Whitehall wonga watchdogs are to probe thesell-off. The National Audit Office will investigate the £2.3bn raised in to see if the government got value for money.
The government has drawn stick for the amount earned from phone networks buying airwaves to use for extra-fast LTE Internet connections to mobile phones and tablets. Even Ofcom, which organised the auction, reckons the sale.
Controversially, the Conservative government factored an expected windfall of £3.5bn into the budget before the auction had even taken place, and was consequently caught short by £1bn.
The investigation doesn't necessarily mean there were shenanigans or rank incompetence, as the independent parliamentary body probably would have examined the auction anyway. A similar NAO analysis was carried out after the 3G airwaves were parcelled out in 2000.
Compared to that auction, the 4G proceeds look like peanuts. Selling off the 3G spectrum netted the then Labour government an eye-popping £22bn.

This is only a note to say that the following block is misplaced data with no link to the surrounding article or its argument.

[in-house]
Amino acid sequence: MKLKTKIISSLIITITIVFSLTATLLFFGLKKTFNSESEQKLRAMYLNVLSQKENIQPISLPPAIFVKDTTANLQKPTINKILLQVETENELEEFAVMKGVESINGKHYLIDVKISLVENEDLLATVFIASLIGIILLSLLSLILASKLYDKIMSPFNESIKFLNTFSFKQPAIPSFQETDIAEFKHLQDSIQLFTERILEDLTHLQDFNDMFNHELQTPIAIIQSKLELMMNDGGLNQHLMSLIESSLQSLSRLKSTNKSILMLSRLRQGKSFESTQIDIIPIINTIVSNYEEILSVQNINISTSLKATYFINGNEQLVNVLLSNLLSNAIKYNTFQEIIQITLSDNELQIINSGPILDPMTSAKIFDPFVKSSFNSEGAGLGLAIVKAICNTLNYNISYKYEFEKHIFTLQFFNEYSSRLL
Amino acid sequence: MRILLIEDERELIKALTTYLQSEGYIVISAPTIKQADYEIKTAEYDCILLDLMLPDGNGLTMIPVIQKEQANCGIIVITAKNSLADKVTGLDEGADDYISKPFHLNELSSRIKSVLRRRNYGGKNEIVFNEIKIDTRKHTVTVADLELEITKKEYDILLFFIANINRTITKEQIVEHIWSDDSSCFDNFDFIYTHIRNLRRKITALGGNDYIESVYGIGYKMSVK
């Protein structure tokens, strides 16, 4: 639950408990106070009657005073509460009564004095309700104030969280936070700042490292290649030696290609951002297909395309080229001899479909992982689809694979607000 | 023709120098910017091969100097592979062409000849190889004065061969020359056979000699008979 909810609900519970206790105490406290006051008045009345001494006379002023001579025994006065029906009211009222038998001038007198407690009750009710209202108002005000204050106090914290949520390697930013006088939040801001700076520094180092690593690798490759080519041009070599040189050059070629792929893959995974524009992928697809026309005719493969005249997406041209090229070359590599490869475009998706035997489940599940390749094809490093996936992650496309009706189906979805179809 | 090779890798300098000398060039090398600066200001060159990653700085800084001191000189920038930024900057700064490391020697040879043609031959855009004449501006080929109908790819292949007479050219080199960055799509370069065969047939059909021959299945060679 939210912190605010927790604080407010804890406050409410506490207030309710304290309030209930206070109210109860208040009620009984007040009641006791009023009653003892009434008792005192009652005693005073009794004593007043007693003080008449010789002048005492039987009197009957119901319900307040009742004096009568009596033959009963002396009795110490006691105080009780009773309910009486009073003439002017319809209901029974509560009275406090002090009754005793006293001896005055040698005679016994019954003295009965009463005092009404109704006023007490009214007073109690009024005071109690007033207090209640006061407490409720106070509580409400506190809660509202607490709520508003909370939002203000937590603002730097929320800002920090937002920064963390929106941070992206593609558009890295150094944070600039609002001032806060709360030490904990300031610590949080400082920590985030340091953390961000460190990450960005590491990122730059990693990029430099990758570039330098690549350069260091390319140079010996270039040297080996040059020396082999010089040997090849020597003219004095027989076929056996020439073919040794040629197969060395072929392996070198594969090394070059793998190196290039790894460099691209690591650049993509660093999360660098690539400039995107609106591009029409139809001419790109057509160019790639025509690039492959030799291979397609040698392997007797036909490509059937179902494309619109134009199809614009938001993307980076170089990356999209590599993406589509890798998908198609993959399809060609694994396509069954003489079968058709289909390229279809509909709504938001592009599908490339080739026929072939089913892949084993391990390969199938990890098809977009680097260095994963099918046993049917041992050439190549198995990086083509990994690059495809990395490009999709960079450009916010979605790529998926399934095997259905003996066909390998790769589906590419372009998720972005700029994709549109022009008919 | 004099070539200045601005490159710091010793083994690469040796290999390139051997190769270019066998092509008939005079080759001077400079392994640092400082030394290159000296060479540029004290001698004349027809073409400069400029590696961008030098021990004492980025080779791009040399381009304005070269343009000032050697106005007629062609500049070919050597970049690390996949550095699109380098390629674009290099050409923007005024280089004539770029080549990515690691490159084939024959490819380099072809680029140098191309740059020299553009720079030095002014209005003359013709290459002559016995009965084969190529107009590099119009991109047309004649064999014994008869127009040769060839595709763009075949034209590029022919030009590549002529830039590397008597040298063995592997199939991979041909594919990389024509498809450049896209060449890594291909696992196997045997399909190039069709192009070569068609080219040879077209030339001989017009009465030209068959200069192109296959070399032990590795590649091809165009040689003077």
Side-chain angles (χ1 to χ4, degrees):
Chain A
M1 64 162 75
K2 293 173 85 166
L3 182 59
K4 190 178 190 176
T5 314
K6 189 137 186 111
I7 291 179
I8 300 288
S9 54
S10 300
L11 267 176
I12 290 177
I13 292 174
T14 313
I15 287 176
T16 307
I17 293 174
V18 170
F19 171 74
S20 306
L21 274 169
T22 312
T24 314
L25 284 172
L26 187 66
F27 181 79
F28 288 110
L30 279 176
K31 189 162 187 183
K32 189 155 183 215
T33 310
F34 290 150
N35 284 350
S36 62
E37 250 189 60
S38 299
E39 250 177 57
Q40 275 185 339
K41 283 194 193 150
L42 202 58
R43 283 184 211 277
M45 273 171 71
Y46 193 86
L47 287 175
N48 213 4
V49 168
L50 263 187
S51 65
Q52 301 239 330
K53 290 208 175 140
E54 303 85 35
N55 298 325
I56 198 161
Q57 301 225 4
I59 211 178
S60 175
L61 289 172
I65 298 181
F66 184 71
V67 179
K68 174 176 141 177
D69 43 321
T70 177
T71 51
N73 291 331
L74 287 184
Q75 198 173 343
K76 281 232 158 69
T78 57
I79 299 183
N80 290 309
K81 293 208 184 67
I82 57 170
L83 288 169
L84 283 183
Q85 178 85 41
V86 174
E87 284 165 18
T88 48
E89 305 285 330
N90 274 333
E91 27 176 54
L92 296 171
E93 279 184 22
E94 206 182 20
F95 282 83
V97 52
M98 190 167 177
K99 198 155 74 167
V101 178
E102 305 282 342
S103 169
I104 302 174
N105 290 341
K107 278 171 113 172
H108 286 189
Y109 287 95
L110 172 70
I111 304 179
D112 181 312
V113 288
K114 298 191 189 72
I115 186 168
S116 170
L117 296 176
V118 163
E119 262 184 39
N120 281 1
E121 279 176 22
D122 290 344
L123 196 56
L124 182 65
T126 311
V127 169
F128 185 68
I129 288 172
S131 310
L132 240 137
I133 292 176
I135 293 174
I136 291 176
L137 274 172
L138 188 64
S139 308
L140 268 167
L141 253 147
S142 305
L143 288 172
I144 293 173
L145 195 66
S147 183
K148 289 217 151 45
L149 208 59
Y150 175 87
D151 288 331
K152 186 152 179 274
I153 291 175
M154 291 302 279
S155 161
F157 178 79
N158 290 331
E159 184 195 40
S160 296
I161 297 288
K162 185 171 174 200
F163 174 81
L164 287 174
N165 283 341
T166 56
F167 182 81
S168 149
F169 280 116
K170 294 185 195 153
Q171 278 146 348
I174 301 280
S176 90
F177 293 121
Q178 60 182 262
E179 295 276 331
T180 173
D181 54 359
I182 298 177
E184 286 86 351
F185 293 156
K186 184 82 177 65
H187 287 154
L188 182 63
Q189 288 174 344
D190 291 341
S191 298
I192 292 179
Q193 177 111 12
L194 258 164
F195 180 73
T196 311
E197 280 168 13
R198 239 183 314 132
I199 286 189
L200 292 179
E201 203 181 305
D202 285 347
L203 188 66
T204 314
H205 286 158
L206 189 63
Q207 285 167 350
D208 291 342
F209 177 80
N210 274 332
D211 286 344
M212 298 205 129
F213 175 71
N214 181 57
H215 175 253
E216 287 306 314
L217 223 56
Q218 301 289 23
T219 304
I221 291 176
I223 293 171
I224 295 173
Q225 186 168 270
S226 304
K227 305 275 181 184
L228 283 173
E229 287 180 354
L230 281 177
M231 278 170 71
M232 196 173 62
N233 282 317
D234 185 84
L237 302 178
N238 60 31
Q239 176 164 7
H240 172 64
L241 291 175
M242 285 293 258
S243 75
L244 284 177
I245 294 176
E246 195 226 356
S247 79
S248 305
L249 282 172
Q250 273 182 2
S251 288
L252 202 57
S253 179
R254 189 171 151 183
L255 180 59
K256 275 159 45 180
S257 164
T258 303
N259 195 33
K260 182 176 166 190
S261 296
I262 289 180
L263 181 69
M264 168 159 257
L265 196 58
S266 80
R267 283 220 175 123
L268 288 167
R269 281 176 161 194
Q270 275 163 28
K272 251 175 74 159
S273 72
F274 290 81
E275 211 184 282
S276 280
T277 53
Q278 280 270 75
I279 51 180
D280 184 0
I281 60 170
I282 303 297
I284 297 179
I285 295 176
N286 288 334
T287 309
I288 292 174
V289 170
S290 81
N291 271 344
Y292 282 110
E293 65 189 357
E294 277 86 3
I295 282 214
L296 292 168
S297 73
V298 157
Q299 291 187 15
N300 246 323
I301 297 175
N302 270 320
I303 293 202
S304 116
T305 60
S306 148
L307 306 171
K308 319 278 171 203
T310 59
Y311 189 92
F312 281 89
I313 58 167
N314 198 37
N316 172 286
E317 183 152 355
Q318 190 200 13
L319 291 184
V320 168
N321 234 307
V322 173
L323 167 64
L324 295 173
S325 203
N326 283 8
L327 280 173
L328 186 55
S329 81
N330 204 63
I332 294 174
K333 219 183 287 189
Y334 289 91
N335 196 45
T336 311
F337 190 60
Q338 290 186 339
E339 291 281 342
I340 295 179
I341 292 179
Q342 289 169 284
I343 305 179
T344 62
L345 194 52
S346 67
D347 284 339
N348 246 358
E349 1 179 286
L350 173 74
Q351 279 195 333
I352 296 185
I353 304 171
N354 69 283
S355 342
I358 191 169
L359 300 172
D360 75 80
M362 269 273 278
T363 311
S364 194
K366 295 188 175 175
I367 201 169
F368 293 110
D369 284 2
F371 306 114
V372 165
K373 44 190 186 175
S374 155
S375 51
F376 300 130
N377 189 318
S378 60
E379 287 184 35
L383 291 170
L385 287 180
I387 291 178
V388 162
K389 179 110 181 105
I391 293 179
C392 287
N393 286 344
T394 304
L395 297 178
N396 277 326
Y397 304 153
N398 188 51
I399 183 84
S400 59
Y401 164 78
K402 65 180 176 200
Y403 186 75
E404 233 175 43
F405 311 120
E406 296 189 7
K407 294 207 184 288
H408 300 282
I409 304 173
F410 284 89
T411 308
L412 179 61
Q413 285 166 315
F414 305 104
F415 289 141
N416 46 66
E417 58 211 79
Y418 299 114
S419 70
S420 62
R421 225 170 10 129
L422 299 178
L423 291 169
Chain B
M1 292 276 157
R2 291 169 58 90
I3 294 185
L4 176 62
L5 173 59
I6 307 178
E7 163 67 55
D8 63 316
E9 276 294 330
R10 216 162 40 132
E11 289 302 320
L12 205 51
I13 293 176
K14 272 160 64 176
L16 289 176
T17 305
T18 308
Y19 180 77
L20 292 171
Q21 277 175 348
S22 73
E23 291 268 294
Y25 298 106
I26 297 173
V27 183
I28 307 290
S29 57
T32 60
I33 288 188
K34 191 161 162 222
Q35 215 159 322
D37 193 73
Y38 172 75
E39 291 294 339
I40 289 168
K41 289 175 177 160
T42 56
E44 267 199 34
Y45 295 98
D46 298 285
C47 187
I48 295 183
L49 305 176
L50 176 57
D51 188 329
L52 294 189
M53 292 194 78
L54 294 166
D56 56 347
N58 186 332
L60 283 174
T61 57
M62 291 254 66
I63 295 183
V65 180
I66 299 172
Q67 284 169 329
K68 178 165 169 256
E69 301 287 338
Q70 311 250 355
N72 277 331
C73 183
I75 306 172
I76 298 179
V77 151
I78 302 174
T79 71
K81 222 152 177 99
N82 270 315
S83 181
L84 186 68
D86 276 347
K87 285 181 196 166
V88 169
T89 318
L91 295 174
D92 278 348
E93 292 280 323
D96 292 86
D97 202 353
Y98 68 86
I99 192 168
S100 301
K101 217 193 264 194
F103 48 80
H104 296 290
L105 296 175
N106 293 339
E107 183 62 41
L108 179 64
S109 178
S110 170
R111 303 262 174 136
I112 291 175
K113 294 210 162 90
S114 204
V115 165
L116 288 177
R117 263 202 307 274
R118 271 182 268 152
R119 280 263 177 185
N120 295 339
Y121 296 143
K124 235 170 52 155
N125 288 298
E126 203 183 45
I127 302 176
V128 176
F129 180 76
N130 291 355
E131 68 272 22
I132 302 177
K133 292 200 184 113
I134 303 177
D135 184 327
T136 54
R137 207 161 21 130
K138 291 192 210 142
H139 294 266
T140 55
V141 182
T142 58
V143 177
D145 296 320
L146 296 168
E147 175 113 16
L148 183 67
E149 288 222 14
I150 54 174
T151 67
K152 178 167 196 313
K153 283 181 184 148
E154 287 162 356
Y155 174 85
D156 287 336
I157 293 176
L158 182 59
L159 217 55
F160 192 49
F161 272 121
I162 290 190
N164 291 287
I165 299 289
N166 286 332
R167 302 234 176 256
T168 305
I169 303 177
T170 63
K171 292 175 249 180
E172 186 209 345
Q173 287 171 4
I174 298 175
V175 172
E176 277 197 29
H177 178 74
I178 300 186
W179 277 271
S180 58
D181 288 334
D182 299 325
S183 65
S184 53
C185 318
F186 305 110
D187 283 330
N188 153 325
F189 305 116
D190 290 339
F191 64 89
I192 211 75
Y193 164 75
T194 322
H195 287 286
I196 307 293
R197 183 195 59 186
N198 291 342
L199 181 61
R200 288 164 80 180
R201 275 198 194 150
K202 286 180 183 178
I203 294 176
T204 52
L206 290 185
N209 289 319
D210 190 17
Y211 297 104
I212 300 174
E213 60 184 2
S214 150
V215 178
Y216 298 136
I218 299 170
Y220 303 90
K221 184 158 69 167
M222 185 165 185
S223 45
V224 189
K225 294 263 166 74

3G was essentially the first time that phones and mobiles devices could connect to the Internet in any meaningful way. It represented a revolution that, coupled with the arrival of the iPhone -- and Android shortly after -- heralded the transformation of the mobile phone into the smart phone, and shifted the focus of modern technology onto mobile devices, apps and the cloud.
But where 3G was a genuine watershed moment, 4G is just a bit faster. No wonder the networks are in no hurry to dig out their wallets -- especially as there's no clear way to milk 4G for oodles of boodle.
Three is the first of the networks to promise it. With , it's understandable that networks aren't keen to splash the cash.
Whatever form they take, O2 and Vodafone's 4G services are expected to launch very soon -- we'll keep you posted on dates and deals.
Is 4G a big deal? Did the government handle the auction properly or is the whole thing a steaming pile of political chicanery that needs to be looked into hard? Tell me your thoughts in the comments or on our Facebook wall.